Milo O'Shea Dies at 86 of Complications from Alzheimer's

Milo O'Shea, famous for playing a priest with bushy black eyebrows, passed away in New York on Tuesday from Alzheimer's disease.

O'Shea, 86, moved to the United States in the 70's and became a long time resident in New York City. He was most commonly known as a character actor who played the role of a priest in many films and television shows including "The Butcher Boy" and "Cheers." O'Shea also popularly played a friar in "Romeo and Juliet" and a mad scientist in Durand Durand.

He passed on Tuesday from complications derived from Alzheimer's disease, according to the New York Times. The actor was famous for his white hair and bushy, black eyebrows.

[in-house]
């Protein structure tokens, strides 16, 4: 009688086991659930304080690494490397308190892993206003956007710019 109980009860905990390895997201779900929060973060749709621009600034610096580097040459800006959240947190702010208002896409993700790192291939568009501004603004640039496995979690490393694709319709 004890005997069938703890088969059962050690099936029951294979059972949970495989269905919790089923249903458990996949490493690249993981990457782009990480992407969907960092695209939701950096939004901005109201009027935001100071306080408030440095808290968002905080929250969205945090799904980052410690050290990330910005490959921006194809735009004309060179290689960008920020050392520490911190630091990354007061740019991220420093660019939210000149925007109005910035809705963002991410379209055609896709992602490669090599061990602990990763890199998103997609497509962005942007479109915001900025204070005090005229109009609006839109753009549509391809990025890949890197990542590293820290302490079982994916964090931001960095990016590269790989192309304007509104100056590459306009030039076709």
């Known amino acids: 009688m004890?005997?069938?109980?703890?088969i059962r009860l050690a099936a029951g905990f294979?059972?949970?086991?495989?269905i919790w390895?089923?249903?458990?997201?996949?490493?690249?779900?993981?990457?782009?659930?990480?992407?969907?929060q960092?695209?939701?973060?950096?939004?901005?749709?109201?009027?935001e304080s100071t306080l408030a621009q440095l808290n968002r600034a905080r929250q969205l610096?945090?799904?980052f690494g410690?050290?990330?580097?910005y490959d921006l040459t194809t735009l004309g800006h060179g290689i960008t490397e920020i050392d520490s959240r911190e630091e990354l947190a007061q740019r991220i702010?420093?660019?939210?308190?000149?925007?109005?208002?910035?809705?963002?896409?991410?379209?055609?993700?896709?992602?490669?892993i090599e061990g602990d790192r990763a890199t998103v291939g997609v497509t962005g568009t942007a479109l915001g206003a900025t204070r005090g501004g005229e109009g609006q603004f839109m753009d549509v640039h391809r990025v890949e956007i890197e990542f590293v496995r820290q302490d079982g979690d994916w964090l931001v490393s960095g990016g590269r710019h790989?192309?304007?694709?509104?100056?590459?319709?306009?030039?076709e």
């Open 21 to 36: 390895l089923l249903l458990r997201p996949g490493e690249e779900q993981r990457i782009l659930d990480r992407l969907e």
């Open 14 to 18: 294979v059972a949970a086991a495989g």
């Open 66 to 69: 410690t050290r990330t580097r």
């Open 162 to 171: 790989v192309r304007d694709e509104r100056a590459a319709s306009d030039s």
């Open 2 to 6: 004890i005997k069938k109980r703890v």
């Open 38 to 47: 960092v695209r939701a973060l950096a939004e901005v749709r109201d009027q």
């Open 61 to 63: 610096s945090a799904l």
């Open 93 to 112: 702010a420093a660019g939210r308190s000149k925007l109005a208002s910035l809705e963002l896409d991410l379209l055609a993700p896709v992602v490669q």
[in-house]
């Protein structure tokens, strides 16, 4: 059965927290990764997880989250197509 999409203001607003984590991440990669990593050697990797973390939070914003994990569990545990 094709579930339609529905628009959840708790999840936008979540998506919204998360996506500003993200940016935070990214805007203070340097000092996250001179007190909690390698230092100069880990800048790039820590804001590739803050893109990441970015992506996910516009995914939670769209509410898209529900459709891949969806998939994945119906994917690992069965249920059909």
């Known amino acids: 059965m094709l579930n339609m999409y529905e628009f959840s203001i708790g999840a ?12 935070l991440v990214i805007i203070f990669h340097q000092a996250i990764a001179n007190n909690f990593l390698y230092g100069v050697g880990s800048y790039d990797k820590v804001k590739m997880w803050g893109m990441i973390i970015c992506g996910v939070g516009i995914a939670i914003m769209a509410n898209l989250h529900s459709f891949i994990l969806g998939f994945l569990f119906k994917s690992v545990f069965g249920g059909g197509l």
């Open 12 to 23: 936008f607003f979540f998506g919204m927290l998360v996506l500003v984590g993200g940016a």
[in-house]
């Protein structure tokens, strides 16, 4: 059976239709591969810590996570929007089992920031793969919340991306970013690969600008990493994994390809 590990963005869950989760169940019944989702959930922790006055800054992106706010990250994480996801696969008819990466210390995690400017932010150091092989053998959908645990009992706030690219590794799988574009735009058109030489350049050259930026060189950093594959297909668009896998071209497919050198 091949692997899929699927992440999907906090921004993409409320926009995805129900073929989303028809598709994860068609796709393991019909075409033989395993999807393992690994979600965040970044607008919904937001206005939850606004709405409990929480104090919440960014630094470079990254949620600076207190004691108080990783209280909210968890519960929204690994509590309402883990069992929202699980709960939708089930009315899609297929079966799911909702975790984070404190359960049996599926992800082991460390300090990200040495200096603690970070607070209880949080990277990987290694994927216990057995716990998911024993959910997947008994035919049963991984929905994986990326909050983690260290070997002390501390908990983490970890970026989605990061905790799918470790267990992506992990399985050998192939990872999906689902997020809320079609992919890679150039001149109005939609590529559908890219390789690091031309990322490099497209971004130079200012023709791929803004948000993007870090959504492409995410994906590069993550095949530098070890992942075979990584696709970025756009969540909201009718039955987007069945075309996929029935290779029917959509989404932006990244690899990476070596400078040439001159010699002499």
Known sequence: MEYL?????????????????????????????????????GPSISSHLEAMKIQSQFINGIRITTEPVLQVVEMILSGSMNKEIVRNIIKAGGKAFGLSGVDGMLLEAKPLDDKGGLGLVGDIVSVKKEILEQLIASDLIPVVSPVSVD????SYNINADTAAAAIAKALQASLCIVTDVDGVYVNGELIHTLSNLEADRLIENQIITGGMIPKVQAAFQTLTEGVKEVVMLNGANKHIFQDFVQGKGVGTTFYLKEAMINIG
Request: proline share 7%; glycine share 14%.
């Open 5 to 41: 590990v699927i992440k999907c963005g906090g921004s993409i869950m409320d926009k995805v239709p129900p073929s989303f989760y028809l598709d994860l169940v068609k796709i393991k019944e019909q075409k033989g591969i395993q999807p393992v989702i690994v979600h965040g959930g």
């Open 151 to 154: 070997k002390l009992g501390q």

O'Shea was previously nominated for two Tony Awards. His first nomination came in 1968 during his Broadway debut for "Staircase." He was nominated for a second Tony in 1981 for "Mass Appeal."

The actor later played a mad scientist named Dr. Durand Durand in "Barbarella." A 1980's rock band later named themselves after his character, dropping the "d" and calling themselves "Duran Duran."

O'Shea is survived by his two sons from a previous marriage, two grandchildren, and his wife, Kitty Sulivan. He was born in Ireland in 1926. He hoped to make a career for himself outside his bushy eyebrows the New York Times reported, but added that his was not part of his job to be thinking about them while acting.

"If you're thinking about your eyebrows when you're acting," he said, "you're not acting properly."